Why the ALS Ice Bucket Challenge Is Truly Useful

August 24, 2014
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Me & My Dad, Gregory Lane, who died from ALS just 6 months ago

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Article By Jennifer Lane, Funeral Wise

My Facebook page is starting to see timeline activity related to the #IceBucketChallenge. Why me? My father died from ALS on February 27, 2014, at age of 63.

Surely everyone knows by now that this is the push to raise awareness of what ALS is (do you know what ALS stands for?) and to raise money to fund research to move this disease into a state of real life-extending progress.

Ice Bucket Challenge ALSA selfie of me and my dad, Greg (with his drool-stopping washcloth), while waiting to see the “Lung Doc.”

No doubt, you are seeing this everywhere, and I do mean everywhere… Facebook, Twitter, local news, national news, celebrities, friends—most likely you actually know someone who has been challenged. (There’s now even a montage of videos of ice bucket challenges gone wrong.)

It may seem a bit silly to dump a bucket of ice on your head, especially to those who aren’t doing it or don’t understand how in the world this is doing anything to fight Amyotrophic Lateral Sclerosis. (There you go! That’s what ALS means.)

Here are a few Ice Bucket Challenges posted on Facebook, done in honor of my dad by the notable residents of Paragould, Arkansas, where he and my mom have lived for several years.

Ice Bucket Challenge Post by Bradley Snyder, with my mom dumping the ice on him and fellow neighbor, Joey Fleszar, who helped my dad so much in his final months.

I believe it is doing something just by people talking about it, donating as little as $5 to ALS research, and posting thousands of ice bucket videos. Awareness! Awareness! As my family trudged through the journey that ALS is, I was amazed at how many people had no idea what ALS is or how to really help someone with ALS, even those in the medical community.

Let me tell you a few things I know about ALS just from watching my dad live (and die) with it.

  • It can be hard to diagnose (Dad was diagnosed as having a stroke for the first 12 months he actually had ALS)
  • There is nothing you can do to stop it. Nothing. Not one thing. Your mind stays sharp so you are fully aware of what is happening to you.
  • It is beyond awkward trying to adapt to losing your ability to function physically. My dad lost his voice first. Imagine confused looks from everyone you try to speak to because they can’t make out what you’re saying. Then many friends stop coming around because they simply don’t know how to be around you.
  • When you do get an app to speak for you (via an iPad), you learn to say what’s on your mind in short phrases to minimize the awkward silence while people wait for you to type. You also feel left behind when people progress the conversation before you can type out your thoughts.
  • Oh, the drool problem. People will get used to the noise of the suction machine (necessary to keep from choking on saliva that you cannot swallow), but Dad couldn’t tolerate slobber coming from his mouth and running down his chin. Nope. Nope. Nope. His solution to stay dry? Bite on a washcloth (as shown in our selfie photo.)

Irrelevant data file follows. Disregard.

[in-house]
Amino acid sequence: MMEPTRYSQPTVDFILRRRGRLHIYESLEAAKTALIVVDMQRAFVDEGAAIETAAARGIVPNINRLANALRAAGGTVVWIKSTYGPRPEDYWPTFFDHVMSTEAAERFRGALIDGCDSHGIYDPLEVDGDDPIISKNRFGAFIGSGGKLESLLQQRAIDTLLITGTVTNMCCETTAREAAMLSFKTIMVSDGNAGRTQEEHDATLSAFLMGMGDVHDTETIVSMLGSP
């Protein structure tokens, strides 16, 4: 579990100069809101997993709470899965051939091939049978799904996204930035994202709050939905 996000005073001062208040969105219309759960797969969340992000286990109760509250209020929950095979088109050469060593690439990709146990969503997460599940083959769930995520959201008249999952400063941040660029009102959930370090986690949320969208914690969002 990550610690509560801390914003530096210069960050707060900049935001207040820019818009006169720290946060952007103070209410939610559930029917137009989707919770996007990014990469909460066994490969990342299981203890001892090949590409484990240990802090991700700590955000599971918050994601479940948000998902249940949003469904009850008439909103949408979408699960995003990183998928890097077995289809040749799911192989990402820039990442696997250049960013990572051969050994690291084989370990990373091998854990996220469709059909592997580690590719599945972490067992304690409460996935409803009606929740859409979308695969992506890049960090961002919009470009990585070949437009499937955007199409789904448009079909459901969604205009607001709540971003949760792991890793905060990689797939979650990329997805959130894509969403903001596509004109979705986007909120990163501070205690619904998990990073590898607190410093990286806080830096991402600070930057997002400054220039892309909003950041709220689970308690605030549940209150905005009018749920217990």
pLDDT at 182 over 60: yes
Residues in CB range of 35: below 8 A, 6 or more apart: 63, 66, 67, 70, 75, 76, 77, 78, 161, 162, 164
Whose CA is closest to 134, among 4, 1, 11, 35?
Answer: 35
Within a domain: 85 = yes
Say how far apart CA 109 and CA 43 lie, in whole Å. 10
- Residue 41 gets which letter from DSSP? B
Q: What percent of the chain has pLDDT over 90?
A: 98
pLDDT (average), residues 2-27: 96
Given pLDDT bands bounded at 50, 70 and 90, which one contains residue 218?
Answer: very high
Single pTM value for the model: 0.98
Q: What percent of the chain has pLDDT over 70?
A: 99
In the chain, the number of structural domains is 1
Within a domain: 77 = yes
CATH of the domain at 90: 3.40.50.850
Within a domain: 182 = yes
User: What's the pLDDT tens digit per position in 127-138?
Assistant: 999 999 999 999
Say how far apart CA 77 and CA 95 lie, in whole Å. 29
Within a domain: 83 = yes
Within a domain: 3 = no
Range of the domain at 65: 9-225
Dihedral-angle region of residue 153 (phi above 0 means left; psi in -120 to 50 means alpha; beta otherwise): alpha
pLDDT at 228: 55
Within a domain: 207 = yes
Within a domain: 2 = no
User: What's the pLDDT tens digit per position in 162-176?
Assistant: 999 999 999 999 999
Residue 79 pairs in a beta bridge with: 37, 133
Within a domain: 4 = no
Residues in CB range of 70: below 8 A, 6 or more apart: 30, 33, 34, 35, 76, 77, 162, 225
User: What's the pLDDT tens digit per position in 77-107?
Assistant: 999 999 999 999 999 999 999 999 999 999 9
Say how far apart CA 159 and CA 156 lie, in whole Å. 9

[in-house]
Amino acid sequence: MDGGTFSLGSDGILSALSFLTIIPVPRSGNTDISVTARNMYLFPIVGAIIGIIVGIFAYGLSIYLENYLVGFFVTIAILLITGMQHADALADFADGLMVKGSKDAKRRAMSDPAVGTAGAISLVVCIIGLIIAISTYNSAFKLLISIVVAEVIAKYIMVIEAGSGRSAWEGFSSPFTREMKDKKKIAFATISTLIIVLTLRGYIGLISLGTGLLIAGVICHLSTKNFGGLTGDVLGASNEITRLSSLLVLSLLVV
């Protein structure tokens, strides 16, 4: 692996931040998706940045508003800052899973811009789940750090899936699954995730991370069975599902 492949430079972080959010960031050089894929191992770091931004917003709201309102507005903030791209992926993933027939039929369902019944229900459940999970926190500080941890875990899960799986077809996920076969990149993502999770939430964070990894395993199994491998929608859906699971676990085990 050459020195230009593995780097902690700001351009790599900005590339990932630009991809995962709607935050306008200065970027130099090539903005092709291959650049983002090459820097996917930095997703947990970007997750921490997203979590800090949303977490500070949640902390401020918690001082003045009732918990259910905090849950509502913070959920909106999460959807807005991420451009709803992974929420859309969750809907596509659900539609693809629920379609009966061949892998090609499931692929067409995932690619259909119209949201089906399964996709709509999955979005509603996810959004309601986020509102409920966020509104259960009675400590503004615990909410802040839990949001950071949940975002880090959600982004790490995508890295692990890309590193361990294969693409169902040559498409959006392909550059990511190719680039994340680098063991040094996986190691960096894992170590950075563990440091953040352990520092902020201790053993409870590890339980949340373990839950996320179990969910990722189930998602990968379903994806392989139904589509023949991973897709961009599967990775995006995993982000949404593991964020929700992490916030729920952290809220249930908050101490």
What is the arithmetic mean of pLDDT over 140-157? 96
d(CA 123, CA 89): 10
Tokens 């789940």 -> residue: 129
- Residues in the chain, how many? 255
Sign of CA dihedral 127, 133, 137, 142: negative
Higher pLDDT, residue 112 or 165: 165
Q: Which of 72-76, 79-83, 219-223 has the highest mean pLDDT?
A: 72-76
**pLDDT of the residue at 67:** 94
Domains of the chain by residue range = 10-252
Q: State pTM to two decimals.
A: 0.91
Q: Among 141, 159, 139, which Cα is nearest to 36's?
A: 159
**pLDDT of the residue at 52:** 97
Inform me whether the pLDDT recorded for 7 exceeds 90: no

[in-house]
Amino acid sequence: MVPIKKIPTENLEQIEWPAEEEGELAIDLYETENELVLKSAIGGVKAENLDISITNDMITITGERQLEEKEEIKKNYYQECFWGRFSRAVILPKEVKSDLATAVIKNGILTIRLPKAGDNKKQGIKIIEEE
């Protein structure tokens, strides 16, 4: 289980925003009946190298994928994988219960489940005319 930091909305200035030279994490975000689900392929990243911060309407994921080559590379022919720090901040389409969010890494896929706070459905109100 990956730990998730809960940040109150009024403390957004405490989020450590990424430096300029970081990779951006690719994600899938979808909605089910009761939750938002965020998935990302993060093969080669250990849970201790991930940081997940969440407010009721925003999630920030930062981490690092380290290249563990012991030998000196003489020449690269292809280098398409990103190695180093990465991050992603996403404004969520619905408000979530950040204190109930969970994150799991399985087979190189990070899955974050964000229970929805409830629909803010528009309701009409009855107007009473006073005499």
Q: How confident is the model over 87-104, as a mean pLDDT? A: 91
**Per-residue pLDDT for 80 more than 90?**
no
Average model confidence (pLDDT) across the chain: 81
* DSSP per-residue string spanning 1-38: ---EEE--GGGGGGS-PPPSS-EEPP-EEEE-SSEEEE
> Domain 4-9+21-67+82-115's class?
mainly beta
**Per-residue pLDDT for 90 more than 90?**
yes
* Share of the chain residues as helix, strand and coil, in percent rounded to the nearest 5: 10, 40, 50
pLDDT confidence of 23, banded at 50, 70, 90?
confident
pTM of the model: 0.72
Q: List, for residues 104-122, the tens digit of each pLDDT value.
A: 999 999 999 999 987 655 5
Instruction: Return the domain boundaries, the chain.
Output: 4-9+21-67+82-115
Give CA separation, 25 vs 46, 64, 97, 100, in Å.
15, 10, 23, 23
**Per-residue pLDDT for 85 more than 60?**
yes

• You get to a point where you cannot eat or drink, or you will choke to death (not everyone with ALS starts here like my dad did, but just about everyone with ALS ends up here). Just think about that for a second. Imagine how you can never taste anything, chew anything, not even suck on a mint…ever again.
  • Every day of your life, you wake up knowing your body is worse than it was the day before. Your left thumb moved yesterday; today it doesn’t. You could button your shirt yesterday; today you can’t. You could reach the microwave yesterday; not today. You could pour your own liquid food into your feeding tube yesterday; today you shake too bad to hit the hole without wearing your food.
  • Forget sleeping. For those with Bulbar Onset ALS, like my dad (where the disease starts by affecting speech, swallowing, and respiration long before your limbs are affected), you can’t lie flat or you will choke.
  • Some people can live for years with ALS. Others, like my dad, went from normal to dead in less than 24 months.
  • Doctors are at a loss to help ALS patients. There is nothing they can do right now; no cure. That’s why this whole #IceBucketChallenge is so important!

From the ALSA.org press release:

As of Tuesday, August 19, The ALS Association has received $22.9 million in donations compared to $1.9 million during the same time period last year (July 29 to August 19). These donations have come from existing donors and 453,210 new donors to The Association.

Over 453,000 new donors? Yes, I would say that’s significant. For the patients and their families trying to cope with ALS, this Ice Bucket Challenge is a welcome relief in a way. Finally, we have the feeling that people are starting to “get it.” I know Dad would have loved to see people get dunked under a bucket of ice water, but more so because it was done in hopes of someday preventing someone from enduring the agony that he did.

To see how the Ice Bucket Challenge all started, watch this video about Pete Frates, an athlete diagnosed with ALS at the age of 27.

– See more at: http://blogs.funeralwise.com/dying/2014/08/19/als-ice-bucket-challenge-useful/#sthash.A3x9SJoU.dpuf

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